But speaking of complexity, who really knows what’s going on in this paper? I have a handle on the general framework, but haven’t used all the algorithms. As I indicate below in population genetics a good intuition on the kinks and tendencies of clustering algorithms can be obtained only through usage. And of course few people will read the supplements. For example, in Nick Wades’ piece in The New York Times David Anthony, author of the magisterial The Horse, the Wheel, and Language: How Bronze-Age Riders from the Eurasian Steppes Shaped the Modern World , makes a criticism which is addressed within the paper (in the supplements):

Dr. Anthony, noting that neither he nor Dr. Atkinson is a linguist, said that cognates were only one ingredient for reconstructing language trees, and that grammar and sound changes should also be used. Dr. Atkinson’s reconstruction is “a one-legged stool, so it’s not surprising that the tree it produces contains language groupings that would not survive if you included morphology and sound changes,” Dr. Anthony said.

Dr. Atkinson responded that he did indeed run his computer simulation on a grammar-based tree constructed by Don Ringe, an expert on Indo-European at the University of Pennsylvania, but that the resulting origin was, again, Anatolia, not the Pontic steppe.

There’s an asymmetry here. The historical linguists have compelling and transparent rationales to make for why the Steppe thesis should be preferred over the Anatolian one. Lay persons can make assessments about historical linguistic models which are based on common sense such as words which span all Indo-European languages, and might give clues to the geographical and temporal point of origin. In response, you have Bayesian phylogenetics. At some point in the future I suspect all of this research will make recourse to Bayesian phylogenetics, but at this stage of the game even most people who use Bayestian phylogenetic packages don’t really understand how they work.

I may not grok the methods in detail, but I do appreciate that the authors simulated data to test their methods, and, that their methods worked for cases where we know the answer. For example, the method correctly inferred the geographical origin of the Romance languages, and their time of diversification. But in this situation we know the answer. How about in cases where we don’t?

I noticed this strange plot in the supplements. I’ve highlighted Romani, the language of the Roma. The fact that Romani is an outgroup to Indo-Aryan langauges, illustrates some deep problem with their method. Romani did not start diverging from other Indo-Aryan languages 3-3,500 years ago. It started diverging 1-1,500 years one. We know this because that’s when the Roma start showing up in the Islamic world and parts of southeast Europe. It may be that it just happens to be that the most diverged Indo-Aryan language also happened to be the one which migrated out of India, but I don’t think that’s the case. Rather, the non-Indo-Aryan influences on Romani must be impacting its affinity to other Indo-Aryan languages, even if they are core words.

With that skepticism entered into the record, I can broadly credit the possibility proposed here in the most general sense. We know from genetic clustering algorithms that Indo-European populations within Europe seem enriched for a “West Asian” element vis-a-vis their non-Indo-European neighbors. I’m talking here mostly about the Basque and Finns, though arguably the Sardinians were Indo-Europeanized only during the Roman era, and they should count as well. But, I’m pretty sure that the Indo-Aryans are the ones who brought the “European” component found in low levels across northwest South Asia to the subcontinent. The Indo-Iranians diverged from the European Indo-Europeans ~4,000 BC, and I’m suspecting this may have happened along the broad trans-Caucasian and Russian fringe. This is where contact was made was Uralic peoples. The authors of the paper themselves point to the viability of the Kurgan hypothesis in this modified form in the text. I don’t see why the archaeologist are all worked though (unlike the historical linguists).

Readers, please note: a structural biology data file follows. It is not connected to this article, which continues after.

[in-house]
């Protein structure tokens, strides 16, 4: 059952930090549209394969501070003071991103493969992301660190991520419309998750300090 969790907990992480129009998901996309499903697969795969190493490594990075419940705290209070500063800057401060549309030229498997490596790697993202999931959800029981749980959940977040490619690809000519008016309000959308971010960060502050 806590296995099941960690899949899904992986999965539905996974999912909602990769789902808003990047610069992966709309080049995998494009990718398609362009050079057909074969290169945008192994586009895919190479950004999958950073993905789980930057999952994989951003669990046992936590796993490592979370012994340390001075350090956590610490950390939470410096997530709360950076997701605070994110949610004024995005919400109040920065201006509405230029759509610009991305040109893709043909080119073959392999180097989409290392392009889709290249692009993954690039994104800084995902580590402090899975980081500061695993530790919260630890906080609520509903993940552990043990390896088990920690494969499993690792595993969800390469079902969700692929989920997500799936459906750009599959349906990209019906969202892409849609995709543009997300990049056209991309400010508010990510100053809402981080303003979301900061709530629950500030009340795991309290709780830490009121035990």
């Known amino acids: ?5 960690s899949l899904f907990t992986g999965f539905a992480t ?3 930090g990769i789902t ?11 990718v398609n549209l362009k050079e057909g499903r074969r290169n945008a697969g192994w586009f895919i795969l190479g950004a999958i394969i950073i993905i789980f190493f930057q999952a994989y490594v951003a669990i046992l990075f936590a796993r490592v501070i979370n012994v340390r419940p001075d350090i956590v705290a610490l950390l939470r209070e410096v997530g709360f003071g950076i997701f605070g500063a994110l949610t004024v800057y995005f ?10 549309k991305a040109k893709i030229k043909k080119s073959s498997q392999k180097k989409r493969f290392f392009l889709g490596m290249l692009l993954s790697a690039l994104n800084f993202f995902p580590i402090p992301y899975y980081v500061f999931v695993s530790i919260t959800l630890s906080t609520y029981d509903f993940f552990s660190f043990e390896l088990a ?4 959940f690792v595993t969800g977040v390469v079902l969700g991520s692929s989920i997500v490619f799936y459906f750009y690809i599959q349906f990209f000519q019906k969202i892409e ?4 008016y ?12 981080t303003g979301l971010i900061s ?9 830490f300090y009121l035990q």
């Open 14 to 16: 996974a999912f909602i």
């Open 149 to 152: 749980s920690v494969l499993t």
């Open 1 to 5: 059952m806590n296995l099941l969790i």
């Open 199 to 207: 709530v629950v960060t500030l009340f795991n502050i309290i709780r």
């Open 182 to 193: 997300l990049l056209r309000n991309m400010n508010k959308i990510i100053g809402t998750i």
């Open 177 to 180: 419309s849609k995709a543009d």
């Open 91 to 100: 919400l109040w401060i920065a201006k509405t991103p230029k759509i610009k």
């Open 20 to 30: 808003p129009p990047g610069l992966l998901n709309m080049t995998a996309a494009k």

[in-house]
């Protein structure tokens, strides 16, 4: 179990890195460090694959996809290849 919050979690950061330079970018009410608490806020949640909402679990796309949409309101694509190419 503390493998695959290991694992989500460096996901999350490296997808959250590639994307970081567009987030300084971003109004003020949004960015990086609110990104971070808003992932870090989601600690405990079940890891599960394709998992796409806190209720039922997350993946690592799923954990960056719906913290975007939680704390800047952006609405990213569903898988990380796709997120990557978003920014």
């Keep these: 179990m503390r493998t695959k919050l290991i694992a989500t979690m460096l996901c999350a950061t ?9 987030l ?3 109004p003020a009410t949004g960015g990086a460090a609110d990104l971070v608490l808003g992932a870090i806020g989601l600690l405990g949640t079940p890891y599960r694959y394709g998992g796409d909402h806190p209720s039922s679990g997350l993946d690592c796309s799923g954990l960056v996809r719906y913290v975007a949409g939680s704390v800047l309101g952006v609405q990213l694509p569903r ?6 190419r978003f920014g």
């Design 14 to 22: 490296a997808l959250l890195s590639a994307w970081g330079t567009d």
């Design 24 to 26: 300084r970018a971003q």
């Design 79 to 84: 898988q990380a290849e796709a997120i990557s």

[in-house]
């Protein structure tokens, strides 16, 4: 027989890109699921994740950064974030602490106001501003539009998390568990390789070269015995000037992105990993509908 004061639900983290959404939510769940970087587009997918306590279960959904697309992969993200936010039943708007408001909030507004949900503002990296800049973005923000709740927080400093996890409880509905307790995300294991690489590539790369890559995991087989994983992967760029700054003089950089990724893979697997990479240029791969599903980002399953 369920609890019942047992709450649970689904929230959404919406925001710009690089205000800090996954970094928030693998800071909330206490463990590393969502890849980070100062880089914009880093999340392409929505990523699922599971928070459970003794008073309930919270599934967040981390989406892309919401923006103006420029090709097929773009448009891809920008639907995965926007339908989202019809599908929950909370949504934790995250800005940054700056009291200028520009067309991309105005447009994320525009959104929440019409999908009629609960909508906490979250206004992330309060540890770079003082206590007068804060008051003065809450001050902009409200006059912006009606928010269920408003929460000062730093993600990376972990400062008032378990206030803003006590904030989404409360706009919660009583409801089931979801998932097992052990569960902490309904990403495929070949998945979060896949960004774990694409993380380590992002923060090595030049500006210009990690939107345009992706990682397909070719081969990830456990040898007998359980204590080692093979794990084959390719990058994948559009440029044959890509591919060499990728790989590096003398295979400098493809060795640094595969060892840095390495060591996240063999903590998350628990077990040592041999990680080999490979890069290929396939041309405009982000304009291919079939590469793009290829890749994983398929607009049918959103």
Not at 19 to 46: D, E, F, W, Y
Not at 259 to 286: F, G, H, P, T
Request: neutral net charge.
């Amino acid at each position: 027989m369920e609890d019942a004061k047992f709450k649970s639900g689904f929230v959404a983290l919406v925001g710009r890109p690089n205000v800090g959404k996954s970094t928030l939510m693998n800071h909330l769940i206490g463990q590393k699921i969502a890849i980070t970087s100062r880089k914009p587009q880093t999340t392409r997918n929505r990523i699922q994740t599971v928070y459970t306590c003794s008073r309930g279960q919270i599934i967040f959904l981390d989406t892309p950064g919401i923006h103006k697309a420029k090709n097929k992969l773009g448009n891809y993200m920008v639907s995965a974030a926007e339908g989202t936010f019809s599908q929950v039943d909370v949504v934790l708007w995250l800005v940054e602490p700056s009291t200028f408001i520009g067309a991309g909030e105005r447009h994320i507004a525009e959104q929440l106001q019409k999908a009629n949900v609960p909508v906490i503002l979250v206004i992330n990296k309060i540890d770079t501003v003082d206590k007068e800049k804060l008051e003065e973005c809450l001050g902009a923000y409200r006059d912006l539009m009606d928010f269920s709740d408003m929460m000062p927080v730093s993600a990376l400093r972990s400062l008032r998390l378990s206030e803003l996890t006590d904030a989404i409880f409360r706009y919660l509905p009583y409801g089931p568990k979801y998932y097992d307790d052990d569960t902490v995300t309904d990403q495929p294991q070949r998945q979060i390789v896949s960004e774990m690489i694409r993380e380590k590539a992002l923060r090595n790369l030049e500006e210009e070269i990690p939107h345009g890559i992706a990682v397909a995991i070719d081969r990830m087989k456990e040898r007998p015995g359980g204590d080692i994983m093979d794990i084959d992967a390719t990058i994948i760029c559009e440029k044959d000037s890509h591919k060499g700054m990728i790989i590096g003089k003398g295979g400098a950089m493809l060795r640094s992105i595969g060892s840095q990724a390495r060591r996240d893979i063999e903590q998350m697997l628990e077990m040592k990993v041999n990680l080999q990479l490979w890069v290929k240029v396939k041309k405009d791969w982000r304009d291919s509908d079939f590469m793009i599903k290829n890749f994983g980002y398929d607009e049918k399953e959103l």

(Republished from Discover/GNXP by permission of author or representative)
 
• Category: Science • Tags: Anthropology, Indo-European 
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hunza
School girls in Hunza, Pakistan

A few days ago I observed that pseudonymous blogger Dienekes Pontikos seemed intent on throwing as much data and interpretation into the public domain via his Dodecad Ancestry Project as possible. What are the long term implications of this? I know that Dienekes has been cited in the academic literature, but it seems more plausible that this sort of project will simply distort the nature of academic investigation. Distort has negative connotations, but it need not be deleterious at all. Academic institutions have legal constraints on what data they can use and how they can use it (see why Genomes Unzipped started). Not so with Dienekes’ project. He began soliciting for data ~2 months ago, and Dodecad has already yielded a rich set of results (granted, it would not be possible without academically funded public domain software, such as ADMIXTURE). Even if researchers don’t cite his results (and no doubt some will), he’s reshaping the broader framework. In other words, he’s implicitly updating everyone’s priors. Sometimes it isn’t even a matter of new information, as much as putting a spotlight on information which was already there. Below is a slice of a bar plot from Worldwide Human Relationships Inferred from Genome-Wide Patterns of Variation. It uses STRUCTURE with K = 7. To the right of the STRUCTURE slice are two plots of individual data on French and French Basque from the same HGDP data set using ADMIXTURE at K = 10 from Dodecad.